ComicBook.comThe strength of the High Republic comics so far has been the rich characters they introduce to the Star Wars universe, and this edition of the series is no different. Even when the story slows, these intriguing characters keep you invested.
Impulse GamerJedi Vildar Mac is apparently dead and young Padawan Matthew Cathely is wondering what to do when he wakes up. Determined to find who knocked him down the Jedi wastes no time tracking the assailant down to a bar where he comes a cropper with the Twinkle Sisters. The bar owner will take no nonsense, even from people claiming to be Jedi and the assailant reveals he only played a trick on the Jedi to knock him out. Before things get too heated the quarry escapes again only for the Jedi to find his lightsaber has been stolen. When they finally meet back up they agree to go to the local Jedi temple to make some further enquiries, but they may not get the welcome they expect. I had been reading this story on and off but it quickly became too complex for me to follow without reading all of it and there is also a series of young adult novels that are somewhat related to it. This series is set 10,000 years before the more well known events of Star Wars so there all new characters to get to know. While some people might be uncertain going into a series with no characters they know, shows like the Mandolorian and the more recent Andor have proved you can make a good story as long as the writing is there and this one does seem to be developing off in a direction of its own. I would recommend this one if you have read any of the High Republic stories in the past or want to jump into a storyline that is near the start without having to do much homework.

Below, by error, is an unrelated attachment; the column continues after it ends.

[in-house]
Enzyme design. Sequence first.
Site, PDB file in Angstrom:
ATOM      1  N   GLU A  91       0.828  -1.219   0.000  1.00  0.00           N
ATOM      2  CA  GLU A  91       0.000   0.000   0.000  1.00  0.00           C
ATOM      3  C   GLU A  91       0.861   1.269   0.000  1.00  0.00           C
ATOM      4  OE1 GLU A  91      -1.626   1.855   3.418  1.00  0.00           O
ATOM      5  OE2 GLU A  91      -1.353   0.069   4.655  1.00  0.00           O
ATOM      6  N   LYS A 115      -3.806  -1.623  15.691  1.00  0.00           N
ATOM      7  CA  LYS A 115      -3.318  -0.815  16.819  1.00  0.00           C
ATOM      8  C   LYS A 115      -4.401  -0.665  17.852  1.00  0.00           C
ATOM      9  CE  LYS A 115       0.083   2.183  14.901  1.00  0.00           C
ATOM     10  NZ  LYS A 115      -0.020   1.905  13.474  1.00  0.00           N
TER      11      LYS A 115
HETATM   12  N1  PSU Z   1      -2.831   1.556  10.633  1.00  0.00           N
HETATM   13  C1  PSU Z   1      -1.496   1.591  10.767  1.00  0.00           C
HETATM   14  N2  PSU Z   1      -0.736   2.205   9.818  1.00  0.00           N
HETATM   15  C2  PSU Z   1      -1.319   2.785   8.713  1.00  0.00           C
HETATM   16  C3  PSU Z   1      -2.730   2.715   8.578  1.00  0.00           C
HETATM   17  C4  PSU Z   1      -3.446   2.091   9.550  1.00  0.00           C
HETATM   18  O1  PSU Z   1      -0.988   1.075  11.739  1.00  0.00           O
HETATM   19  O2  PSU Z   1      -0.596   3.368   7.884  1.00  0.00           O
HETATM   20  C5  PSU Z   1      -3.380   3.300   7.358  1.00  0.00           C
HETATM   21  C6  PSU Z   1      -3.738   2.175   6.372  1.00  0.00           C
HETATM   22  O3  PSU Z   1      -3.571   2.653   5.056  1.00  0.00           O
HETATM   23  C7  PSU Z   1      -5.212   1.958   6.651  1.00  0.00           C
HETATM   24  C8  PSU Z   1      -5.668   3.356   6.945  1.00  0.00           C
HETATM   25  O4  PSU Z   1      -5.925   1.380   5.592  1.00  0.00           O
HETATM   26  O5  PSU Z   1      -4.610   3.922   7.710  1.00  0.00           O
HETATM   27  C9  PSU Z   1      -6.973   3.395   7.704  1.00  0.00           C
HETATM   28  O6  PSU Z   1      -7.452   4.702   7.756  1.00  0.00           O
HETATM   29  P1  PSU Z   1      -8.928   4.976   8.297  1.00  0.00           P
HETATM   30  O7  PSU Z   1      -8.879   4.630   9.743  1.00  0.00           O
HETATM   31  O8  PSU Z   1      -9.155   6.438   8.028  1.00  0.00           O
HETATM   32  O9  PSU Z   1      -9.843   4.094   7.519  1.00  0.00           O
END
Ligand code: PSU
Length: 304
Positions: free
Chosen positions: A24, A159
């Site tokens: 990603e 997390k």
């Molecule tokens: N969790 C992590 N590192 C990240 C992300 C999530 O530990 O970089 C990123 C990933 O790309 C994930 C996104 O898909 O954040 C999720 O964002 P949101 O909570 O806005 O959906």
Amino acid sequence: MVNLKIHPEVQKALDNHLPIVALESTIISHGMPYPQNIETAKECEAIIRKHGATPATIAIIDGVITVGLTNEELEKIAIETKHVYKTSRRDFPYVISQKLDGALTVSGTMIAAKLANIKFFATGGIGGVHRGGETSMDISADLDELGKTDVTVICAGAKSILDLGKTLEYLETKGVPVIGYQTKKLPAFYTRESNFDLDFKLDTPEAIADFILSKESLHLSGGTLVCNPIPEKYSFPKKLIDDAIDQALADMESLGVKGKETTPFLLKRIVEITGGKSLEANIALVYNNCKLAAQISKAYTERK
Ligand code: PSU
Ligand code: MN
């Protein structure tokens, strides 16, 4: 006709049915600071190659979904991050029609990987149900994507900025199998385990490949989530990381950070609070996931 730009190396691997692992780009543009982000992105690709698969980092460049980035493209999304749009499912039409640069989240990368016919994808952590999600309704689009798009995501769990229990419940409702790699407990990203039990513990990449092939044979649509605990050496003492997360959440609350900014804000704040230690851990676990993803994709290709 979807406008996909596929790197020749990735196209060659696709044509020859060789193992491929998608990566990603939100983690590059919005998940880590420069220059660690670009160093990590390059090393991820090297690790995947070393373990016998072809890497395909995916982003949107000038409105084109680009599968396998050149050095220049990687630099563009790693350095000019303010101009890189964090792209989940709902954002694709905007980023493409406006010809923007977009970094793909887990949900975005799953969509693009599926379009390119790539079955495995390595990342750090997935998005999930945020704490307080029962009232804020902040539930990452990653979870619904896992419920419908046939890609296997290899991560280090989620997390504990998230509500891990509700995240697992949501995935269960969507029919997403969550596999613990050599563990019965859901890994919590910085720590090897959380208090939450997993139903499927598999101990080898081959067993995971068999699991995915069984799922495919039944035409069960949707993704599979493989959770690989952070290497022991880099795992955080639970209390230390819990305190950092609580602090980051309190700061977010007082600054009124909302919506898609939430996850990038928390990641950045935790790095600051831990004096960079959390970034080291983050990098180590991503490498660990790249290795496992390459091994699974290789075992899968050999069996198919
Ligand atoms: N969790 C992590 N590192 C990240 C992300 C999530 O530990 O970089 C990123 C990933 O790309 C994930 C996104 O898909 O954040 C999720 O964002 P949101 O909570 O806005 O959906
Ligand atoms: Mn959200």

SWNN - Star Wars News NetThe High Republic continues its return to our bookshelves with the second edition of the titular comic series: The High Republic. Cavan Scott brought the heat with the first issue, but he took a much lighter approach in the second. The first issue ended when Vildar Mac seemed to drop dead with Padawan Matthea Cathley left standing stunned. A mysterious figure claiming to be a dark side user with knowledge of arcane powers stopped Vildar’s heart with a single touch. It was undoubtedly the cliffhanger to leave your first issue on, and this one picks up right where it left off. Ultimately, I enjoyed this one, but I haven’t found myself connecting to the characters as quickly as I did the first High Republic comic go around. I’m sure I will come around, but I’m not there yet. The direction of the comic is exciting, and Path of Deceit readers already know part of the answer to the looming mystery surrounding this The High Republic series. In regard to the mysterious character in this one, we received several answers, but this comic serves as a setup for the third issue.